BP and how the company failed to get green (Pantone Code 348C)
registered in Australia because it had failed to prove acquired
So, what about South Africa? It may be possible to enforce
rights to colour through the law of passing-off, and even by using
the passing-off style clauses of the Advertising Standards
Authority ("ASA"). Although the ASA
generally doesn't show much appetite for colour claims, in a
recent decision involving two big beer brands, it accepted that
the one had rights to a combination of silver and green.
As for trade mark registration, the definition of the word
"mark" in the South African Trade Marks Act makes
specific reference to colour. Many years back, Cadbury failed in an
application to register the colour purple, but this matter never
went beyond the registry, and the application was seemingly
dismissed because there was insufficient proof that the colour had
become distinctive of one company's chocolate products. As far
as I know, there hasn't been a High Court decision on colour
trade marks in South Africa.
In my view, the important thing is to be as precise a possible
– a Pantone code, consistency between the drawing or
representation and the wording, and absolutely no imprecise words
like "predominant" or "significant". It's
worth bearing in mind that there is a great deal at stake with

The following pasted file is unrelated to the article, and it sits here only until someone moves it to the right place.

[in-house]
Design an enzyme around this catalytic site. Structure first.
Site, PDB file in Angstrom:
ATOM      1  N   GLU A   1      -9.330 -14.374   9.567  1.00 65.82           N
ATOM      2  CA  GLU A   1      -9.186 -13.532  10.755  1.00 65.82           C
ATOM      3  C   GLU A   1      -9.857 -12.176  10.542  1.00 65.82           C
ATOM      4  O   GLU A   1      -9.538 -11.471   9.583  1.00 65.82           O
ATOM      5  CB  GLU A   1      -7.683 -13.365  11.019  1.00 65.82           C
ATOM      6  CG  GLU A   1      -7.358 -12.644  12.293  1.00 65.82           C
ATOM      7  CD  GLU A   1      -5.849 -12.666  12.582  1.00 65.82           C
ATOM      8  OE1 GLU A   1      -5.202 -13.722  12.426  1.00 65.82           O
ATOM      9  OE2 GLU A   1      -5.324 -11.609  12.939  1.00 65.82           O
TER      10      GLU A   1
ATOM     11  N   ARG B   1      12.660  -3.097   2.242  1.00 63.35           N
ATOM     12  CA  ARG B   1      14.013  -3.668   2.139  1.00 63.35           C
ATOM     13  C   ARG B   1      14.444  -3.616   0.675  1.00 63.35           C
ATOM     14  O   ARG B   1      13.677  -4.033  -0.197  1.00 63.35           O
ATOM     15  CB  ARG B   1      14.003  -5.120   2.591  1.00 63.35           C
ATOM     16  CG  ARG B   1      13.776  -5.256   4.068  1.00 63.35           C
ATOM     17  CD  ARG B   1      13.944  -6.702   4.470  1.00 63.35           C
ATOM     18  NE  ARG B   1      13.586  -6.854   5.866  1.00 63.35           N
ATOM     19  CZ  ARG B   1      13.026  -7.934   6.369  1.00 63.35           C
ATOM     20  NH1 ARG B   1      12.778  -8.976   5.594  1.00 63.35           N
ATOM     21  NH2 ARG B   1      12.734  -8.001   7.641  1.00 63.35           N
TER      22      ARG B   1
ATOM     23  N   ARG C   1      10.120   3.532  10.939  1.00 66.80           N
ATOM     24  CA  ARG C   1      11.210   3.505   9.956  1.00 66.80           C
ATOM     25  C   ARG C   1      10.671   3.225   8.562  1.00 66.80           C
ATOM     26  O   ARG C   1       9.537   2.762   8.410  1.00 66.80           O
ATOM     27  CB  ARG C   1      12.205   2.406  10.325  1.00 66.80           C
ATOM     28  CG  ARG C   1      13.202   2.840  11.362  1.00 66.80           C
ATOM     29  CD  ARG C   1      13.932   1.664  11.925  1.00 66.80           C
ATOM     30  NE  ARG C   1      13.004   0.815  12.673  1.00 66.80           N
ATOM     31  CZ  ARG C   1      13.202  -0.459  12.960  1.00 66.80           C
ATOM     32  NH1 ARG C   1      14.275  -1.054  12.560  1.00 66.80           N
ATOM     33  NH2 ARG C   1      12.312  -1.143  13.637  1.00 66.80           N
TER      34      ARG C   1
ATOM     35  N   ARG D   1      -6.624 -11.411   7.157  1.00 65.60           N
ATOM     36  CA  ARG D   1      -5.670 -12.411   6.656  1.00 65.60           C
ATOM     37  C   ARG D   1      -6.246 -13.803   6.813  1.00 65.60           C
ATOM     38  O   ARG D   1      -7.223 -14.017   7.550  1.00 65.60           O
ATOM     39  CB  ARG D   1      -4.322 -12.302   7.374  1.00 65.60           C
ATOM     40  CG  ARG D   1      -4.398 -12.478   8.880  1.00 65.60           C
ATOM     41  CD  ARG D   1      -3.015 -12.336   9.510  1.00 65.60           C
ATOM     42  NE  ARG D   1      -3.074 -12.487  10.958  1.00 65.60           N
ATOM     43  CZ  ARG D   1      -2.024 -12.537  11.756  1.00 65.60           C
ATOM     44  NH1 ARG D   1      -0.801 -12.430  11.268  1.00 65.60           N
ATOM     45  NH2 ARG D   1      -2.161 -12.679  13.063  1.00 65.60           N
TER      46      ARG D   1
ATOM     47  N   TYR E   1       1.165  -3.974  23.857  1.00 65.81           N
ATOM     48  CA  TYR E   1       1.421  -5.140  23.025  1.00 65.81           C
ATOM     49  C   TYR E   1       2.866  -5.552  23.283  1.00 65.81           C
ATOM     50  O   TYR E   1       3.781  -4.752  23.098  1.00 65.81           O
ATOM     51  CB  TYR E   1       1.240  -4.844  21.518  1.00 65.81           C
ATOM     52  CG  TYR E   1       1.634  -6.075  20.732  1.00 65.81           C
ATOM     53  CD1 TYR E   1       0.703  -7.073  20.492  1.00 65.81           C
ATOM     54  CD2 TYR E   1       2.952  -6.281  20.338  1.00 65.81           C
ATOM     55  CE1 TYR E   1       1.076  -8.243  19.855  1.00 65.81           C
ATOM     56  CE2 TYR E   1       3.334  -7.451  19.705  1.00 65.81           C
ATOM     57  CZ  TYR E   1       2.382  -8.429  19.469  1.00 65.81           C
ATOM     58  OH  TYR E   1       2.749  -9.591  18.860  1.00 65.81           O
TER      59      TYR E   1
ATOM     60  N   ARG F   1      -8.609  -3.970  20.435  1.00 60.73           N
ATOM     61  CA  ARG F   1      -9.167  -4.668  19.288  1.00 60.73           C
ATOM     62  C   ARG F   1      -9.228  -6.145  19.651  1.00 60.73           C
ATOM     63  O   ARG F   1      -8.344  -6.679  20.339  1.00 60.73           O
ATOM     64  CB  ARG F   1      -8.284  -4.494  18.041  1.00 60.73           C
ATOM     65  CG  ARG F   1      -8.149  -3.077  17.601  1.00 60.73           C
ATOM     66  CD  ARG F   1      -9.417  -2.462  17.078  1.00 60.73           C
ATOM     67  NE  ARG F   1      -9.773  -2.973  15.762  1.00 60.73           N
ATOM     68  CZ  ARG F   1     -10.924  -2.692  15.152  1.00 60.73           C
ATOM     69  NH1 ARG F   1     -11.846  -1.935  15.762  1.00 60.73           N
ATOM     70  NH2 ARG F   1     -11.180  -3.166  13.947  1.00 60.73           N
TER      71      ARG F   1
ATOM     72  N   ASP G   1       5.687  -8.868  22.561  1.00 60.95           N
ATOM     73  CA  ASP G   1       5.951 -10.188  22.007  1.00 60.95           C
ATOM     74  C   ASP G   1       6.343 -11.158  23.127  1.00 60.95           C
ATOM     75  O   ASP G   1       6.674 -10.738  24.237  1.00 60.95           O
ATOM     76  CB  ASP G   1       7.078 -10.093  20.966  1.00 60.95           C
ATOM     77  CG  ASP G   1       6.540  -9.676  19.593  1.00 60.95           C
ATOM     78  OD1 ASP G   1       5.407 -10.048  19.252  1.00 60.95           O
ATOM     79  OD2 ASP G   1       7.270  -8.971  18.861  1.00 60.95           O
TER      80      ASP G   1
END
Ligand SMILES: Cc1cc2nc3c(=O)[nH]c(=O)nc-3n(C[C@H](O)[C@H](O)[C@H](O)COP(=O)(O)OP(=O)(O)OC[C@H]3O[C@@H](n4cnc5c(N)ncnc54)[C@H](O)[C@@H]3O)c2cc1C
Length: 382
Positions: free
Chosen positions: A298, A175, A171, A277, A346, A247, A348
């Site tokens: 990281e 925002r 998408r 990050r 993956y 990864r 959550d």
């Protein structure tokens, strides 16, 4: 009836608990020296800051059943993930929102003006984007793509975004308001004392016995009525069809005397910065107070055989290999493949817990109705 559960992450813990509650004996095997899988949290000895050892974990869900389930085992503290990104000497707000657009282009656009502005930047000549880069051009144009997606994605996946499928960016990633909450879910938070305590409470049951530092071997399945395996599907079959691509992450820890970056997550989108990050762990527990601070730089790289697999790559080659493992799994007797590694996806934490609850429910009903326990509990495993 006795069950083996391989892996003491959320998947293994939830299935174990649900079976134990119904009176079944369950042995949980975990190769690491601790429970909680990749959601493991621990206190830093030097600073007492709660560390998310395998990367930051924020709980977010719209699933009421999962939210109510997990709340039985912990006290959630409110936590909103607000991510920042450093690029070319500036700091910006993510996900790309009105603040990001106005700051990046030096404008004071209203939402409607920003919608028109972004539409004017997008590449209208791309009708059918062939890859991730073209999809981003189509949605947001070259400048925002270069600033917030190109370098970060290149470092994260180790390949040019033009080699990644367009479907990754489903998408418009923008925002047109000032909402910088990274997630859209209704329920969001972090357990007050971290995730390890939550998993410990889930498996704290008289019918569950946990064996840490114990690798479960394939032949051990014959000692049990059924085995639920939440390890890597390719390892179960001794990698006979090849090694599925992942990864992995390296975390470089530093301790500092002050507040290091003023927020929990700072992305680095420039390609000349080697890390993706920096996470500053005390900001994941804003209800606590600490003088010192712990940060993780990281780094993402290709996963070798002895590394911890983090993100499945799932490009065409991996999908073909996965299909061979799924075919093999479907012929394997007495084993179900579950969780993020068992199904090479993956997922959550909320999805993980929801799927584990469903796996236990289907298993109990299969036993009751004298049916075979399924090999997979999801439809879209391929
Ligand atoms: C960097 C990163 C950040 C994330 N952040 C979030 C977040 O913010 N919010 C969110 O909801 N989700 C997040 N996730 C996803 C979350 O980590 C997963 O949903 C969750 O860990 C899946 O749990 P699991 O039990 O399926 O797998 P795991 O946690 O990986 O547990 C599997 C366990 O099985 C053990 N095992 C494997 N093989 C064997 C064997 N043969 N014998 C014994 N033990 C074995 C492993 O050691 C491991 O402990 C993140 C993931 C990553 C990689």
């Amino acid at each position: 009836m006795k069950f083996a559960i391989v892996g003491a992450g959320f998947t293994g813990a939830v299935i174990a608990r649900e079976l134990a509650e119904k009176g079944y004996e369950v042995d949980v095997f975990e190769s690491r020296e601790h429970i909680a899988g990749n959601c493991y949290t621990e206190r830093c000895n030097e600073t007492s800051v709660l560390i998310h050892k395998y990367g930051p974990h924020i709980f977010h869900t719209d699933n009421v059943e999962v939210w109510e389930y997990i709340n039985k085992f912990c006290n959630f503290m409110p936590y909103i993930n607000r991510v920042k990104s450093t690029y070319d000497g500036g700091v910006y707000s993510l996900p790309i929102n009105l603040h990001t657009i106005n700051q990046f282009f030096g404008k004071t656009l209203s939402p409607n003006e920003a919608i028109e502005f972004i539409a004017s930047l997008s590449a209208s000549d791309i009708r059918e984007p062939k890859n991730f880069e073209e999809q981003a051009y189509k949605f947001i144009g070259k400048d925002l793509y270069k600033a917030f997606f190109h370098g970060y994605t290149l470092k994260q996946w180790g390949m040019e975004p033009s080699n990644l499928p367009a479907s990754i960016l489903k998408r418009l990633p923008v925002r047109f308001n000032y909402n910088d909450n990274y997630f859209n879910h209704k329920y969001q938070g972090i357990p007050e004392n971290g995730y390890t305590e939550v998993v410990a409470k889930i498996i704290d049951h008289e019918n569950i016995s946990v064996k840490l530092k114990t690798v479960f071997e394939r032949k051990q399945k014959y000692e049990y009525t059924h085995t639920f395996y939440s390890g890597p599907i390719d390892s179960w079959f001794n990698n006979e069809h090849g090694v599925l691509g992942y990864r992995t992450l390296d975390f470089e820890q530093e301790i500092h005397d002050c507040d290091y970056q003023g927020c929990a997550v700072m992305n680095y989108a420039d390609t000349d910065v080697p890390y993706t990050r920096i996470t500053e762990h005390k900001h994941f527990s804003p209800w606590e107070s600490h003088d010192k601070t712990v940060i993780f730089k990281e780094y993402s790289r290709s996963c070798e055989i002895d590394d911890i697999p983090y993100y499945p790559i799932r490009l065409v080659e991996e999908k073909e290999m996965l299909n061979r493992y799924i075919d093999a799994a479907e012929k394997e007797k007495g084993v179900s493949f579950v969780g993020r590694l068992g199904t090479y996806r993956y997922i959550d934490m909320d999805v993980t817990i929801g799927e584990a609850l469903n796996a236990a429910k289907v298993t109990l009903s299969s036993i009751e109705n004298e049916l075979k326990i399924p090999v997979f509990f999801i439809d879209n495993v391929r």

colour trade mark registrations and that the authorities are
rightfully circumspect. As the UK Court of Appeal put it in the
"As the registration of a trade mark creates a form of
intellectual property conferring a potentially perpetual monopoly
in the mark and excluding everybody else from use in various ways,
the point of principle has some public importance."
The content of this article is intended to provide a general
guide to the subject matter. Specialist advice should be sought
about your specific circumstances.
To print this article, all you need is to be registered on Mondaq.com.
Click to Login as an existing user or Register so you can print this article.
It has always been the practice of the Industrial Property Institute of Mozambique to prohibit the refiling of trade marks that have been finally refused, which has posed a serious obstacle to trade mark applicants...
As reported in the market updates section of this newsletter, the UAE Ministry of Economy recently reviewed the fees charged by its various departments, including the Trade Mark, Patent and Copyright Office.
Managers responsible for ensuring that an organisation’s intellectual property rights are protected often believe that the organisation automatically owns all intellectual property rights arising from the work of its employees.
Some comments from our readers… “The articles are extremely timely and highly applicable” “I often find critical information not available elsewhere” “As in-house counsel, Mondaq’s service is of great value”
Register for Access and our Free Biweekly Alert for
This service is completely free. Access 250,000 archived articles from 100+ countries and get a personalised email twice a week covering developments (and yes, our lawyers like to think you’ve read our Disclaimer).